The public may want Camilla to be Queen as she rises in people's estimation, biographer Jonathan Dimbleby has said.
The couple married in a civil ceremony at Windsor Guildhall
In an interview for the BBC's Panorama programme, Mr Dimbleby said questions still remained over the future role of Prince Charles' wife.
He also claimed the couple were denied a church wedding because the Archbishop of Canterbury did not think Church leaders would support such a ceremony.
A Right Royal Shambles? is due to be broadcast on BBC One at 2215 BST.
The programme examines the run-up to the Royal wedding, which took place in Windsor in April.
Prince Charles and Camilla Parker Bowles were married in a civil ceremony at Windsor's Guildhall, followed by a blessing at the Windsor Castle's St George's Chapel, conducted by Archbishop of Canterbury Dr Rowan Williams.
Mr Dimbleby, the prince's official biographer, said since then there had been a massive shift in public opinion.
The Duchess of Cornwall was no longer the "other woman", but was "being seen now as a very attractive spouse who makes the prince happy, who appears in public, who is gracious, who joins in - in a crowd, who communicates very effectively".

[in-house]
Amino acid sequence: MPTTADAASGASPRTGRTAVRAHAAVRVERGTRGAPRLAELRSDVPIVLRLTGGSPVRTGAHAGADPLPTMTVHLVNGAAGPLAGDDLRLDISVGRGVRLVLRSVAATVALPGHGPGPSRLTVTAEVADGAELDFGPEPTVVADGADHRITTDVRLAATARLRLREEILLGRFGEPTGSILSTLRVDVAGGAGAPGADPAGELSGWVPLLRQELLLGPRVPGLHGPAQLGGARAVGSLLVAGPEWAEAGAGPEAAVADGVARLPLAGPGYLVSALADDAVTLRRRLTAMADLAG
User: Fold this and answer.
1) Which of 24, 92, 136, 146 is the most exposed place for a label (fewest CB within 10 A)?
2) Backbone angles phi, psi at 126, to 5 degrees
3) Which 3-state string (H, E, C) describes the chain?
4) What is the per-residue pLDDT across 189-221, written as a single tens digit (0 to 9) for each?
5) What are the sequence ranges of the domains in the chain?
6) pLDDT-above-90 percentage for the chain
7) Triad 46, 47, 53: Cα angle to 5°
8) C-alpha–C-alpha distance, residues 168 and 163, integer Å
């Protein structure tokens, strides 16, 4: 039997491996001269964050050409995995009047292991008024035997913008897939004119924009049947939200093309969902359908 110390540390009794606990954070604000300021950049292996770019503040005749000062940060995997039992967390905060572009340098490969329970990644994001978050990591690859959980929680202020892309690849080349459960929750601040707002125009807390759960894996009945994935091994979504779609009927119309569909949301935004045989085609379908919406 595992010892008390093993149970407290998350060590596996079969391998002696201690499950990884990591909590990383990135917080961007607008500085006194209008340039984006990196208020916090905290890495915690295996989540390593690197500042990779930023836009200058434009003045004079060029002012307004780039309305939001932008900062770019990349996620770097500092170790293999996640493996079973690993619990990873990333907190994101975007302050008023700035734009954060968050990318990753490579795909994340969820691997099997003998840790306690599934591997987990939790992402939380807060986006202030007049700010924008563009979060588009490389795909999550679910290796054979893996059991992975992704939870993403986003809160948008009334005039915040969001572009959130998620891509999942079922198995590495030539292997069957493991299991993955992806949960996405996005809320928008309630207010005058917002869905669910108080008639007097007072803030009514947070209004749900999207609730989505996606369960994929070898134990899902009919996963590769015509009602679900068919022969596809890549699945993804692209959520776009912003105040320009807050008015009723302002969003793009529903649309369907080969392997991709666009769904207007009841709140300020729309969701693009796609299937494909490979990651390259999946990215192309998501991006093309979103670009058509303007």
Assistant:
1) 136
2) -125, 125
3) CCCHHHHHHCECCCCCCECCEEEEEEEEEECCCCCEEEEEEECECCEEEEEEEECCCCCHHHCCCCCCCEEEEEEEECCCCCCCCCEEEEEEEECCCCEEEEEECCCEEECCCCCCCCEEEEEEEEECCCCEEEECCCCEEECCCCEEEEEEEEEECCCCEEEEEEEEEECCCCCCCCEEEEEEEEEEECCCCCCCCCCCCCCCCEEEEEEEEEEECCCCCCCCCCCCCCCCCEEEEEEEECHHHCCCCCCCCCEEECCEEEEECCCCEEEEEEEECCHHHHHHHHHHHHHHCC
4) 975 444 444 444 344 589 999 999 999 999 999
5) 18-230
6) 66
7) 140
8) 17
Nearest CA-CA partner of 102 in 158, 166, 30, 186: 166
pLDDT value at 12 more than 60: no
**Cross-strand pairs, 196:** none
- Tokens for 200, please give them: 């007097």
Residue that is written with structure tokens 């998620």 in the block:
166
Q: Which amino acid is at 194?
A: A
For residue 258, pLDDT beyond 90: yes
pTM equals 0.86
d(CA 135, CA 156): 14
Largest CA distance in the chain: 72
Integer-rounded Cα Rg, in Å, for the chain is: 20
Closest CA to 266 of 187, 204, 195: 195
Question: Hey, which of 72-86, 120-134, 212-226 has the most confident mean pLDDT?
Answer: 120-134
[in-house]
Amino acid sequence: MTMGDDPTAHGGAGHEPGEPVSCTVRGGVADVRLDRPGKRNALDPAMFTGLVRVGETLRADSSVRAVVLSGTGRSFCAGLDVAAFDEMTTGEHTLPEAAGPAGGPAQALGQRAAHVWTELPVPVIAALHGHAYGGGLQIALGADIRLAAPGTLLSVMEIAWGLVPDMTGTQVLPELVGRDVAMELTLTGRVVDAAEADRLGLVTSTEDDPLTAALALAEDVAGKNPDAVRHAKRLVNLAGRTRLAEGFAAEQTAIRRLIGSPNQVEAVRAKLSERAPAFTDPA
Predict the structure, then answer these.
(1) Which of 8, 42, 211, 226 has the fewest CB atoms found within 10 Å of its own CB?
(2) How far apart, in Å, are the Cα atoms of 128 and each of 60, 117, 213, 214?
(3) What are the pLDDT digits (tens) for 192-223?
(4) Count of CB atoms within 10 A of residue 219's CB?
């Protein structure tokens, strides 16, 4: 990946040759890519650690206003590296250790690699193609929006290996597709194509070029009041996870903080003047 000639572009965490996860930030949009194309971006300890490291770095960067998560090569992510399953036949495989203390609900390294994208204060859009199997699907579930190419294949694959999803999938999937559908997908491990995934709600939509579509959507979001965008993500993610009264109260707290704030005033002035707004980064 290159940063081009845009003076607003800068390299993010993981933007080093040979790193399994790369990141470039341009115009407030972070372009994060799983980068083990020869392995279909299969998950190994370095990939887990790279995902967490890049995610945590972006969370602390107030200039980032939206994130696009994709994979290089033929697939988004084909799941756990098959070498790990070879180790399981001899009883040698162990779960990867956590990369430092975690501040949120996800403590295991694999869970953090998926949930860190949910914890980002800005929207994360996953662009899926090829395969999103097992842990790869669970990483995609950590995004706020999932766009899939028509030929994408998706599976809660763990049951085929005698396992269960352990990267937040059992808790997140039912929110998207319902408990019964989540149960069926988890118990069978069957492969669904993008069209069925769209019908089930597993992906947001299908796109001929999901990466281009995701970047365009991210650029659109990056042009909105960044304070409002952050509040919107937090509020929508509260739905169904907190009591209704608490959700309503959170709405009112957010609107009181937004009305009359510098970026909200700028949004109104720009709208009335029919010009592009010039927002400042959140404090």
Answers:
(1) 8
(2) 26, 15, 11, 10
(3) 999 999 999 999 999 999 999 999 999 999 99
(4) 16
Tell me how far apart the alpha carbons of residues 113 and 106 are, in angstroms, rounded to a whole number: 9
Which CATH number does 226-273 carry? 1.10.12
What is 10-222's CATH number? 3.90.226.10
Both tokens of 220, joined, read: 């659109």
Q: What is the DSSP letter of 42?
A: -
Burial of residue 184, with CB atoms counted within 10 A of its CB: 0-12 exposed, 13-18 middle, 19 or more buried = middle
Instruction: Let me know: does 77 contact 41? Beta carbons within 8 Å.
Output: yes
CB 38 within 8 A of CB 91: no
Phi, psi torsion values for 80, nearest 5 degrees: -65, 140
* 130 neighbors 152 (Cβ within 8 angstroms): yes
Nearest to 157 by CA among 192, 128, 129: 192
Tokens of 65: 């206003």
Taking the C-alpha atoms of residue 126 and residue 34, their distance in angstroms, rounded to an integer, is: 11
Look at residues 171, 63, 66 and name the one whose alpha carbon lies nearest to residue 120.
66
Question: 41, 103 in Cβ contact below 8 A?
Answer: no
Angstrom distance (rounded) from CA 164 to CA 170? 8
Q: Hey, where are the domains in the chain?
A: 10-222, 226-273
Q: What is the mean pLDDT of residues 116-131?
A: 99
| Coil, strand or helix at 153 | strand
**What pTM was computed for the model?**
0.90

Mr Dimbleby said: "We'll see more and more of her in that role, and therefore she will go up and up in public esteem.
"It's quite conceivable that public opinion will say ... yeah, why shouldn't she be Queen, she's done a lot of good public service over the intervening years between the marriage and whenever this day arrives."
Mr Dimbleby also revealed the Archbishop of Canterbury had not allowed a church ceremony because he feared others in the Church of England would be offended.
"Although it would have been within his gift to do so, I think he took the view that there would be too many distressed communicants inside the Anglican Church for it to be a good idea," said Mr Dimbleby.
A spokesman for the Archbishop of Canterbury said Lambeth Palace had not seen the programme.
He added: "The marriage was warmly welcomed by the Archbishop of Canterbury and the Church of England at large and we continue to wish the couple every happiness for the future."
A Clarence House spokeswoman said: "Of course a range of options were considered by Lambeth Palace and Clarence House and it was readily agreed that a civil ceremony followed by a service of prayer and dedication was the best option.
"The arrangements worked well on the day and all parties were delighted with them."
Panorama is on BBC1 at 10.15pm tonight. The programme will also be streamed live from the BBC News website